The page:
As the uproar mounted, Wal-Mart worked around the clock to get the new store up and running before October was out. And as the deadline approached, tempers flared. On October 24, militant farmers from nearby San Salvador Atenco, who had fought off a proposed international airport with their machetes three years previous, clashed with police just outside the ruins. A police car and three motorcycles were torched.

When on October 30 Wal-Mart was finally ready to throw open its doors, there were seventy customers in line before 9 a.m. A sound truck had been circulating through the small city for days advertising free gifts and big bargains. But just before opening time, a team of INAH workers appeared on the scene and demanded entrance in order to drill for last-minute samples. Two meter-deep holes were perforated between cash registers six and seven as store stockers stopped to gawk. The samples yielded only sand and fragments of twentieth century brick, and Wal-Mart received the INAH's blessings to open for business.

But the perforations had left a gaping chasm in the megastore's floor, and Wal-Mart public relations officer Claudia Algorri decided the inauguration would be postponed until after the long Dia de los Muertos weekend, Mexico's traditional celebration of its dead.

Over the weekend, the Frente Civica built altars to their ancestors and prayed that the gods of Teotihuacan were tuned in.

When customers once again flocked to the megastore the following Tuesday morning, 250 riot cops were on hand to greet them. The first scuffling occurred after the mob tried to take the doors, and Wal-Mart officials had to calm the public with free Cokes, French fries, and "little cakes," according to La Jornada. Then the link to the satellite, which would connect the Teotihuacan cash registers with Wal-Mart headquarters in Bentonville, Arkansas, went down--the gods must have been listening. For six hours, the crowd hung around the parking lot under the blazing sun. A family quarrel broke out and noses were bloodied, the Jornada reporter noted. Finally, at about 3:30, customers were allowed to grab a shopping cart, and the consumer frenzy was consummated. But sales were not brisk. Many people had come just to gander at the marvels of modern merchandising contained within this temple of plastic.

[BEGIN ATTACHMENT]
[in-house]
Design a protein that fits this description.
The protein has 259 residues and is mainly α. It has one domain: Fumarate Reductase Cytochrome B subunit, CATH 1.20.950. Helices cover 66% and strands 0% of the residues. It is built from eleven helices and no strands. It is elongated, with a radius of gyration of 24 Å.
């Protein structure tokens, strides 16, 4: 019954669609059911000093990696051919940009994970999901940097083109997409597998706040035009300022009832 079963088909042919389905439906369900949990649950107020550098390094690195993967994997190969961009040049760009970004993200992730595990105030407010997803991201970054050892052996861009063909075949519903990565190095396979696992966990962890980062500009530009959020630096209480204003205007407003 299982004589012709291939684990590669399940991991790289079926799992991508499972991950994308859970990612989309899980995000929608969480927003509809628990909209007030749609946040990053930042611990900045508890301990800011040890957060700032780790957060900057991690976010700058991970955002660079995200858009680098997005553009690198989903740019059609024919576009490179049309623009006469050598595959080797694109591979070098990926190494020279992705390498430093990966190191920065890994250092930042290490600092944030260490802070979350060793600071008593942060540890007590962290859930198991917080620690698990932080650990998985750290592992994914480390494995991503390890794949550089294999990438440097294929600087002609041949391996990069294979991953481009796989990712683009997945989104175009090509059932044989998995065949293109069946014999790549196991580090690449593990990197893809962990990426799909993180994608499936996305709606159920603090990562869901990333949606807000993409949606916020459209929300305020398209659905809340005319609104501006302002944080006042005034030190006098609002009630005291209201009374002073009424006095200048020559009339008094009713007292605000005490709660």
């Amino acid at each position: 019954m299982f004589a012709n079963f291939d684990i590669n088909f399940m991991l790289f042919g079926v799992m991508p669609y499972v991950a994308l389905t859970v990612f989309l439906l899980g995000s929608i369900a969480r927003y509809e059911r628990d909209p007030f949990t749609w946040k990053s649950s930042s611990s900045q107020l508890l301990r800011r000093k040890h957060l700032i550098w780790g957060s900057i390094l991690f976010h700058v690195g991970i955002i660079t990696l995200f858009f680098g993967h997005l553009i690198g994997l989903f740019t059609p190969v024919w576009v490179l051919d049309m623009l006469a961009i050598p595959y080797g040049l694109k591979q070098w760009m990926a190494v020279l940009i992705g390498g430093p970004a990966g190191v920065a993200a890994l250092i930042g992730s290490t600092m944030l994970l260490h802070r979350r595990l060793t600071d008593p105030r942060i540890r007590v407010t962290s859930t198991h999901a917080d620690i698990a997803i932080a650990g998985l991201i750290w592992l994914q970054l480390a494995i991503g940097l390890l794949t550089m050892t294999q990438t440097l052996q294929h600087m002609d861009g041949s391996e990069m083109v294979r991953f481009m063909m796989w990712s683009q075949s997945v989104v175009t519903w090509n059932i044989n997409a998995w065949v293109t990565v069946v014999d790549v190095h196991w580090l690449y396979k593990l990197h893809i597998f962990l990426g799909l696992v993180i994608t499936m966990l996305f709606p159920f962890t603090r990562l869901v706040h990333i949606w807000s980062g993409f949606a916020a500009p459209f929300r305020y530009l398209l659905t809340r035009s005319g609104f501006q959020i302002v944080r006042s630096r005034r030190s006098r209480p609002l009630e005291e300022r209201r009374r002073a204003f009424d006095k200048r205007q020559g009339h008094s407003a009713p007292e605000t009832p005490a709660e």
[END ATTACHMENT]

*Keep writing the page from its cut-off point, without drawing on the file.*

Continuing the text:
That night, a band of toughs dismantled the Frente Civica encampment by the ruins. D'Herrera, then in the fourth week of his hunger strike, was rousted from his petate, and three students were slashed by a razor-toting thug. The Teotihuacan Wal-Mart was officially in business.

By December, the Teotihuacan Wal-Mart was booming. Although "Nueva Wal-Mart" (the corporation's Mexican handle) has posted no outside store sign to avoid controversy, the interior is unmistakably a prototypical Sam Walton-style emporium stocked to the roof beams with mostly Chinese-made items.

Given the season, the toy aisles were packed with parents shopping. Of six customers questioned, all fervently concurred that Wal-Mart prices were the lowest in town. Princess Barbie was on sale for 288 pesos (about $20), He-Man action figures for 162. But a giant yellow Hummer toy weighed in close to 4,000 pesos. A miniature Wal-Mart megastore marked down to 988 pesos was drawing oohs and ahs. Elsewhere in the aisles, Black & Decker irons were going quickly at 97 pesos, and U.S. grown tomatoes and apples were holding their own against local produce.

Miguel Angel Nieves, a young custodian whose father worked rebuilding the Pyramid of the Moon in the 1960s, exalted the prices and the products. "Before Wal-Mart opened, we would shop in the street or in the central market, which is owned by one man," he said. "The prices were high--and, well, it wasn't very clean."

Out in the parking lot, Victor Acevedo, a local anthropologist who affects handmade Indian accessories, was sheepishly loading merchandise into his battered Volkswagen bug. "I don't like the idea of Wal-Mart being so close to the pyramids," he said, "but where else am I going to shop?"

Mexico is a four-millennium-old civilization with a culture as obdurate as granite and obsidian. When the Europeans came, they pulled down most of the Aztec temples. But the majestic pyramids of Teotihuacan remained. And so they will remain long after all the Wal-Marts in Mexico crumble into dust.